‘Do we want the Czech Republic to be dominated by immigrants from a hostile civilization as will be the case in forty years or so in some West European states?’

Such ‘Islamicization’ arguments are, of course, the purest bunkum, basically a genre of political science fiction with a dash of conspiracy theory. There may be arguments to be had about the relationship of Islam and liberalism, or the demands and expectation of Muslims in Western societies, quick glance at the UK census, for example, tells us that, even if they were so minded and coherently politically organized, Muslims are in no position to take over anything as 2.8% minority of the population concentrated only in a few poor urban areas. Similar comments apply to the Muslim minority populations of other West European states, which are generally somewhat larger (8-9% in France, where fear of the Muslim minority among the general population is , interestingly, the lowest in the EU, 5.6% in Holland, 3% in Sweden and so on).

But in the Czech context – even leaving aside the final crude confusion of geographically concentrated historic national minorities like the Sudeten German with the more complex and diverse patterns of settlement that mass migration really brings – these arguments about imaginary migrants and imaginary Muslims are extraordinary.

What is the wider interest of such a piece? Perhaps the most striking and surprising things that an outfit with intellectual aspirations (and contacts with Western Europe) like Klaus’s CEP should have aired such a crude rant. It does, however, fit with a slower, generally more subtle drift on the Czech right towards conservative forms of national liberalism highlighted by the usual paradox of being in favour of global free movement of capital, but not of labour – backed by the sweeping assumption that migrants are economically inactive seekers after social benefits. For followers of the hubble bubble of Czech right ideology it is also interesting in linking stock anti-immigrant, anti-Islamic positions centring on a critique of multiculturalism with Czech right-wing forms euroscepticism and historic traditions of Czech integral nationalism.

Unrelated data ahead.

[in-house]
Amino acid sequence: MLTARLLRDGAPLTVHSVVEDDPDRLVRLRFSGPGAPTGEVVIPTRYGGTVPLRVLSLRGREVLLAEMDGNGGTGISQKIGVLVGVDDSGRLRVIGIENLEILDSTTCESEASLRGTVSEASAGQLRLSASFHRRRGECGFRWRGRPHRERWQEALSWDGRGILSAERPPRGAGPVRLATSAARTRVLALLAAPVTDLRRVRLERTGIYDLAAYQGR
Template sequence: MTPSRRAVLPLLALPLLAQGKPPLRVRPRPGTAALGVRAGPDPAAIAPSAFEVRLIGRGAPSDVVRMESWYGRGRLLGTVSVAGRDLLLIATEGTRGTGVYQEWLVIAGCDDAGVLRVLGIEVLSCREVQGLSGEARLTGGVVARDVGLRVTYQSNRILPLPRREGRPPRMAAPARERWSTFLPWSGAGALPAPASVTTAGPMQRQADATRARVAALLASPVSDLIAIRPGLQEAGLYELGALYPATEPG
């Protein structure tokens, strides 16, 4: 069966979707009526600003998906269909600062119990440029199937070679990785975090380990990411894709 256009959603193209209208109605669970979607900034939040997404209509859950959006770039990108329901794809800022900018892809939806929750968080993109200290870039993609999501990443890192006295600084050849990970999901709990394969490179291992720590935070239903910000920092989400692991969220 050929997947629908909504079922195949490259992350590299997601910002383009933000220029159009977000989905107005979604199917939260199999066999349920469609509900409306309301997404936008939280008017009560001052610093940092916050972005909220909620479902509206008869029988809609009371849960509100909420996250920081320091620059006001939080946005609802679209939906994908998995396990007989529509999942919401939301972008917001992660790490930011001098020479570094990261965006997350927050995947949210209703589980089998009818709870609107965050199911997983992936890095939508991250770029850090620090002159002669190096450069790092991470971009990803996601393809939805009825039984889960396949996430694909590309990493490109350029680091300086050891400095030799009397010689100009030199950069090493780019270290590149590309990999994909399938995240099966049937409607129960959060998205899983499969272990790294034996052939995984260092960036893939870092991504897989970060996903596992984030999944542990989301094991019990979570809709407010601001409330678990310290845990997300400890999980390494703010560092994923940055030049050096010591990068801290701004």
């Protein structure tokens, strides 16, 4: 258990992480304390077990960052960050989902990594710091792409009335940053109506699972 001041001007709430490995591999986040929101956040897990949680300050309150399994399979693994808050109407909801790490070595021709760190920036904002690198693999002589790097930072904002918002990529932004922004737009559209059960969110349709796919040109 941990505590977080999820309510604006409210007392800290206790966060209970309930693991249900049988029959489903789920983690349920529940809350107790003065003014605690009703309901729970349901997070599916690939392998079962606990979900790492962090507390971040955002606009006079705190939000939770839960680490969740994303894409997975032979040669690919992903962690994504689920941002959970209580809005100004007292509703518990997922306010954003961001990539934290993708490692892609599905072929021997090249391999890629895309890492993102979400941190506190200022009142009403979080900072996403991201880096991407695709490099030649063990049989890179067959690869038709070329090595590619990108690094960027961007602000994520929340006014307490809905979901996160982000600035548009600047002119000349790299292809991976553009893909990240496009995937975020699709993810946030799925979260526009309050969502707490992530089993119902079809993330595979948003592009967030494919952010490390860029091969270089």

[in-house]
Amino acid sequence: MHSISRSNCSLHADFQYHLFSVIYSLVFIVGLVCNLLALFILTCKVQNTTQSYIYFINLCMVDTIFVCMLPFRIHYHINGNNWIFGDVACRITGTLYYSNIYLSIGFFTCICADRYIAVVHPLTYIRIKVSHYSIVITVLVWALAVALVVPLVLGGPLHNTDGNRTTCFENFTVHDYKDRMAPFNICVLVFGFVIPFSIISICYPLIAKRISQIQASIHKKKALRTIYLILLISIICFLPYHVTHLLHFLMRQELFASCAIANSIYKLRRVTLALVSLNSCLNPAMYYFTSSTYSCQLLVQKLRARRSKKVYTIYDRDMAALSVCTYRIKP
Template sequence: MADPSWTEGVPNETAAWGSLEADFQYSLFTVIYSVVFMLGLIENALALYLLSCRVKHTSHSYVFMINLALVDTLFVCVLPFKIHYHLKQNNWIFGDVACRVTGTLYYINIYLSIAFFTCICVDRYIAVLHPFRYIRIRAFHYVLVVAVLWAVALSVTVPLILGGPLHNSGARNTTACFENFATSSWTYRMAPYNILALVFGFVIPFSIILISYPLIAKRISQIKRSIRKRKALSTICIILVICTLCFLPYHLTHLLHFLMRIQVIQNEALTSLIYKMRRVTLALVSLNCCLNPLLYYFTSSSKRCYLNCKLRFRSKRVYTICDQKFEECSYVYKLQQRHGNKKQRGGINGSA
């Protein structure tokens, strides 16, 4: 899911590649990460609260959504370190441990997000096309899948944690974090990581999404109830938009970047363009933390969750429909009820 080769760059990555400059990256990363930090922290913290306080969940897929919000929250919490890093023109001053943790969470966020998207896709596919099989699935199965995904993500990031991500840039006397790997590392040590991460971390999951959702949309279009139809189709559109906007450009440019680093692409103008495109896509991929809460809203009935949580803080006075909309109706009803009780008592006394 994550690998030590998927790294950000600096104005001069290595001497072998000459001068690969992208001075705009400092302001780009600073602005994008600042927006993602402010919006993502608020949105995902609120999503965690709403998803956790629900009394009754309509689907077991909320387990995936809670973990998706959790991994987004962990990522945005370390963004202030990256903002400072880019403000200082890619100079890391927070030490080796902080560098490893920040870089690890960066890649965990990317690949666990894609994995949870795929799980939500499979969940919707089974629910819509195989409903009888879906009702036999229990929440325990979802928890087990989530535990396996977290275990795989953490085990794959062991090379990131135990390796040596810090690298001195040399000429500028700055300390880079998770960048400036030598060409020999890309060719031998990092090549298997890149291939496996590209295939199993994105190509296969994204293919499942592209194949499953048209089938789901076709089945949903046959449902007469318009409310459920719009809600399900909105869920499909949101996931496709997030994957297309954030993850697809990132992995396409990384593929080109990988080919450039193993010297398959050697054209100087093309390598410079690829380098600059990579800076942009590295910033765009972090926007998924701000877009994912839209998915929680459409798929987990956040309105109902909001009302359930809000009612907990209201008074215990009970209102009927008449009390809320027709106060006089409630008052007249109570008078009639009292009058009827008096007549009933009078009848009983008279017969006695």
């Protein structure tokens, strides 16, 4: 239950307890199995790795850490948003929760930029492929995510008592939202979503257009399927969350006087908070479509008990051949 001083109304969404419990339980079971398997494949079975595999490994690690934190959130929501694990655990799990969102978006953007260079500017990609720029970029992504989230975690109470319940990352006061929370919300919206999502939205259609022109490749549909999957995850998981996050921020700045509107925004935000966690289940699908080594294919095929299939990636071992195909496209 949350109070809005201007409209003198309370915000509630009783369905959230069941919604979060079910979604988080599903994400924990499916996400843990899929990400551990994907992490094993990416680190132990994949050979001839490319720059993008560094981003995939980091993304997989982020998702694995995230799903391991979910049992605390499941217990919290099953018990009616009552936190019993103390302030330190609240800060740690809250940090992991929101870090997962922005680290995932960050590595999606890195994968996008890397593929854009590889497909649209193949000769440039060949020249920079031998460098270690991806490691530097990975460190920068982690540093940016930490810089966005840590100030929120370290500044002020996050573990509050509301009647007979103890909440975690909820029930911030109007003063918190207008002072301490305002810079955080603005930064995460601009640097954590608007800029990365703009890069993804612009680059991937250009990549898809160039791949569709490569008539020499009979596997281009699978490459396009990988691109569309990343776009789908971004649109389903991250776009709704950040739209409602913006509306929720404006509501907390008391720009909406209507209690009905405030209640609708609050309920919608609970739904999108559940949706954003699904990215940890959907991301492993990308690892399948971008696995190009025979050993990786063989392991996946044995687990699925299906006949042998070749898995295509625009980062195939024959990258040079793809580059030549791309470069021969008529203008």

A PhD student of mine recently in Prague mentioned to me that there was ‘a nascent Czech middle class of young right-wing (some far right) intellectuals’. Petřík’s poisonous but strangely laughable rant is, I suppose, is part of the same phenomenon. The more interesting question is perhaps just how much of interchange there will be between the neo-fascist fringe and the more conventional ‘liberal-conservative’ right. Petřík, who also heads up a Prague-based organization called the Young Right (Mladá pravice) which split a few years ago from the better established, ODS-aligned Young Conservatives (Mladí konzervativci), seem to be trying to bridge the gap, using the rather semi-detached status of the Czech President and CEP to retain contacts with the mainstream. The Mladá pravice website, naturally, proudly displays a photo of Klaus together with Petřík, who is standing just to the President’s right.

>Bulgaria: Flattened by flat tax?


Bulgaria’s new system of flat corporation and income tax – introduced at the start of this year by a government led by those unlikely free marketeers the Bulgarian Socialist Party – has, reports the Sofia Echo (citing Bulgaria’s office of national statistics) mainly clobbered those on low incomes and freelancing in liberal professions due to its abolition of many tax allowances. The logic, as with many weakly reforming post-communists states that have adopted flat taxation, seems to be to spur economic growth increasing the overall incomes of those at the bottom and then use the improved state of public finances to pay some targeted compensation to badly affected loser groups. These impacts seem to stem from its very low level in Bulgaria (10%), which makes it attractive to investors and business however, and the lack of a clear package of compensation for groups such as families with children, reports a subsequent SE. This is an interesting contrast with the proposed Czech flat tax trumpeted by the Civic Democrats in 2006, which carefully engineered things to offer some protection low income (or, at least lower earning) groups – mainly I think via some allowances and a proposal for a flat basic income type benefit payment to all citizens – and the much watered down proposal of the current Civic Democrat-led minority government for flatter taxes, which inadvertently clobbered middle income groups.